"We must ask ourselves if the significance of Syria's signals is that [Syrian] President Bashar Assad wants just negotiations with Israel or if he also wants to reach peace at the end of the process," Livni told the Knesset Foreign Affairs and Defense Committee. "We must know what we are going to get at the end of the process."
Livni did not clarify her own stance on the matter during her address to the committee, but said Syria was interested in holding talks in order to improve its own situation in the international arena and reduce the global pressures it has faced in recent years.
A senior Foreign Ministry official on Tuesday backed the view of Military Intelligence that Syria is serious about renewing peace negotiations with Israel.
"Syria is ready for negotiations and there are sources in the Arab states who believe that Syria will ally itself to the Western bloc headed by the United States and Britain," said Nimrod Barkan, the director of the Foreign Ministry Center for Policy Research.
A senior security source told Haaretz that, "There is no doubt that there is a movement within Syria that is interested in talks with us. The only way to gauge their level of seriousness is to talk to them.
"But Olmert is inflexible on the issue at the moment - he is more driven by political considerations regarding American reservations [on the issue of talks] than by renewing contacts with Damascus."
Barkan was speaking to the Knesset Foreign Affairs and Defense Committee a day after the head of the Military Intelligence research division told the same panel that he believes recent peace overtures emanating from Syrian President Bashar Assad are sincere.
"Syria is genuinely interested in negotiations," Brigadier General Yossi Baidatz told the Knesset Foreign Affairs and Defense Committee.
"The Syrian regime believes that dialog with Israel will only better its position and improve its standing," Baidatz said.
Last week, however, Mossad director Meir Dagan expressed the opposite opinion, saying that Syria is not prepared to return to the negotiating table with Israel despite declarations by Syrian Foreign Minister Walid Moallem.
"I don't truly see Syria offering to renew negotiations with Israel," Dagan said.
"They have their public comments, but have made no attempt to ask the United Sates and Europe to try to advance the political process."
Meanwhile, Prime Minister Ehud Olmert said Monday that he would like to renew peace talks with Syria, but insisted that Damascus first end its support for Hamas, Hezbollah and other militant groups.
"I hope that we will be able to arrive at some point at a dialogue with Syria if Syria upholds the most basic commitment: the cessation of violence, the same commitment we demand of anyone we talk to," Olmert said at a meeting of lawmakers from his Kadima party.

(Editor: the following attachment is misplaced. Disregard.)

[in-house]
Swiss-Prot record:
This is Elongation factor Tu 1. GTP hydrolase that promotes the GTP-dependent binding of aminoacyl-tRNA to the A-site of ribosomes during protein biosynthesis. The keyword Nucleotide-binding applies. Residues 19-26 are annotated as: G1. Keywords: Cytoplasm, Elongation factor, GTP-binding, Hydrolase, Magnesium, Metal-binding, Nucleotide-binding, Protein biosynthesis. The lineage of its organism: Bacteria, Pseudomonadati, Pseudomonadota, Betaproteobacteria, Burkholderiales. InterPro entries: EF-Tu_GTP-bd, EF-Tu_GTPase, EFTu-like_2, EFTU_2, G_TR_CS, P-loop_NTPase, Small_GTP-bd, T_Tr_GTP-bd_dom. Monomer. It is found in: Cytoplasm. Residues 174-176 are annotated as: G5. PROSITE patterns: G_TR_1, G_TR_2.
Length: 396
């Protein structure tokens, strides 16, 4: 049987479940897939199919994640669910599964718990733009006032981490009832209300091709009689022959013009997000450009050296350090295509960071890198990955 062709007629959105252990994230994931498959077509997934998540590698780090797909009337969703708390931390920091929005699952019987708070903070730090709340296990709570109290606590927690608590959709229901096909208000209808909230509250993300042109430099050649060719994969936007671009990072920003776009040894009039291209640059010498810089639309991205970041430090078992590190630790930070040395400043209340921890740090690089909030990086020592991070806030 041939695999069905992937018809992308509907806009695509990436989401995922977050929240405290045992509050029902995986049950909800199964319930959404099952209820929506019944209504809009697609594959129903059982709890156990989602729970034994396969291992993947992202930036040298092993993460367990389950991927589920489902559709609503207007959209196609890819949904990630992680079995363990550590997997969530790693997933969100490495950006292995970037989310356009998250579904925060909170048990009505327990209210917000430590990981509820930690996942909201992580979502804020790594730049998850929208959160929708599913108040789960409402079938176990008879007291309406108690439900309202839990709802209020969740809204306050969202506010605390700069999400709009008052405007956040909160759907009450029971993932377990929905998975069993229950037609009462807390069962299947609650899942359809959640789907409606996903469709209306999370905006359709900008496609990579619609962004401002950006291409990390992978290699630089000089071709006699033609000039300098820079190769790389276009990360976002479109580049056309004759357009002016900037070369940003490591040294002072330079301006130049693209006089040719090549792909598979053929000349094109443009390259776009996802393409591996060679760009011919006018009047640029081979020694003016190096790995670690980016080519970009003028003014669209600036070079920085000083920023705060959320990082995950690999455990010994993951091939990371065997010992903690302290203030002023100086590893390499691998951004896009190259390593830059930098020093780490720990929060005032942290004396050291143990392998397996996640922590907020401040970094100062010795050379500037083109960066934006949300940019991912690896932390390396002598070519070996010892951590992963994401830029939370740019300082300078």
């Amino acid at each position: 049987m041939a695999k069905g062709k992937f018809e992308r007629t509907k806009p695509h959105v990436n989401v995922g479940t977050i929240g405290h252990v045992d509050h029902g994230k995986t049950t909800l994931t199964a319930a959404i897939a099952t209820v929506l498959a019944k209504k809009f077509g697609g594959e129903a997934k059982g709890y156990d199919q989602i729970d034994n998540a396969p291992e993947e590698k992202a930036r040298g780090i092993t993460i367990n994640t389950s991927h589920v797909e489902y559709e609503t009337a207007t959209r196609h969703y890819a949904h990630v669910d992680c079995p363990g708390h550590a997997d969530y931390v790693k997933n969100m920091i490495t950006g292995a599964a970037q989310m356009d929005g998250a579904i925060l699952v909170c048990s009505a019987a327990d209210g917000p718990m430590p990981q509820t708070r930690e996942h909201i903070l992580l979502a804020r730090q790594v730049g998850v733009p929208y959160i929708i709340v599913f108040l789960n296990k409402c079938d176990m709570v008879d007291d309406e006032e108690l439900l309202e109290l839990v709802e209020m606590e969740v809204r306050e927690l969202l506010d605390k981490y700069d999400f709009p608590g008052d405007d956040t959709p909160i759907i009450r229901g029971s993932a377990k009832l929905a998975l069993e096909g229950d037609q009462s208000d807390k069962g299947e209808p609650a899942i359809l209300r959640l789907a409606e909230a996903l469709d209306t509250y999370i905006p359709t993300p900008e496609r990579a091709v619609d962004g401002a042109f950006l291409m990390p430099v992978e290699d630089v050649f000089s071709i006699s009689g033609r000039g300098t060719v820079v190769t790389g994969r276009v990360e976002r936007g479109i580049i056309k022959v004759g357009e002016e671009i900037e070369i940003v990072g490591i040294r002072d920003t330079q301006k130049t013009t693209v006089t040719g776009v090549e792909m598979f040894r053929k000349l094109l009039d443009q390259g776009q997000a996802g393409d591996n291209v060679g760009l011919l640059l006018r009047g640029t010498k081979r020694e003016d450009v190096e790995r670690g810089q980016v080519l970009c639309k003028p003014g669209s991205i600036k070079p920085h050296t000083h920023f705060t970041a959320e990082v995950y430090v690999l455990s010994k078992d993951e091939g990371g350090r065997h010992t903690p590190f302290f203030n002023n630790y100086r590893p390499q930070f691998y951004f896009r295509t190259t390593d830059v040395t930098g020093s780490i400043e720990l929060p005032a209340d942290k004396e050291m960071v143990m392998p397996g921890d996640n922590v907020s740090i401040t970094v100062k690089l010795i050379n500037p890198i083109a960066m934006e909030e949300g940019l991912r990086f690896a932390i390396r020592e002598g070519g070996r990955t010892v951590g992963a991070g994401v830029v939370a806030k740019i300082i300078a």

The prime minister told the cabinet last week that now is not the time to embark on negotiations with Damascus, given that U.S. President George W. Bush is demanding Assad "stop instigating war."
U.S. Senator Specter: Syria wants to resume talks with Israel Syria's president wants to resume peace negotiations with Israel, U.S. Senator Arlen Specter said Tuesday after meeting Bashar Assad.
"Assad stated an interest in negotiating with Israel to try to bring a peaceful settlement to the Syrian-Israeli dispute under the UN doctrine of land-for-peace," the Republican senator said at a press conference at Damascus airport before leaving the country after talks with the president and Syrian Foreign Minister Walid al-Moallem.
Specter did not say what conditions Assad gave for restarting talks with the Israelis. Syrian officials were not available for comment.
Syria has said it would resume negotiations but only within the framework of a comprehensive peace process. Damascus wants the return of the entire Golan Heights, captured by Israel in the 1967 Six Day war.
Specter said he discussed with Assad how Syria could use its influence with Hamas to urge the Palestinian militant group to give up its refusal to recognize Israel.
Syria's official news agency, SANA, reported that the Assad-Specter talks focused on the current situation in Iraq, the Palestinian territories, Lebanon and the issue of terrorism and ways of combating it.
Assad told Specter that all the region's problems should be solved, stressing that the solution to these problems is a political, rather than a security one, SANA said.
It added that Specter stressed the importance of reactivating the dialogue between the United States and Syria to achieve security and stability in the Middle East.
A bipartisan panel on Iraq recommended earlier this month that the U.S. engage Syria, Iraq's neighbor, toward returning stability to Iraq.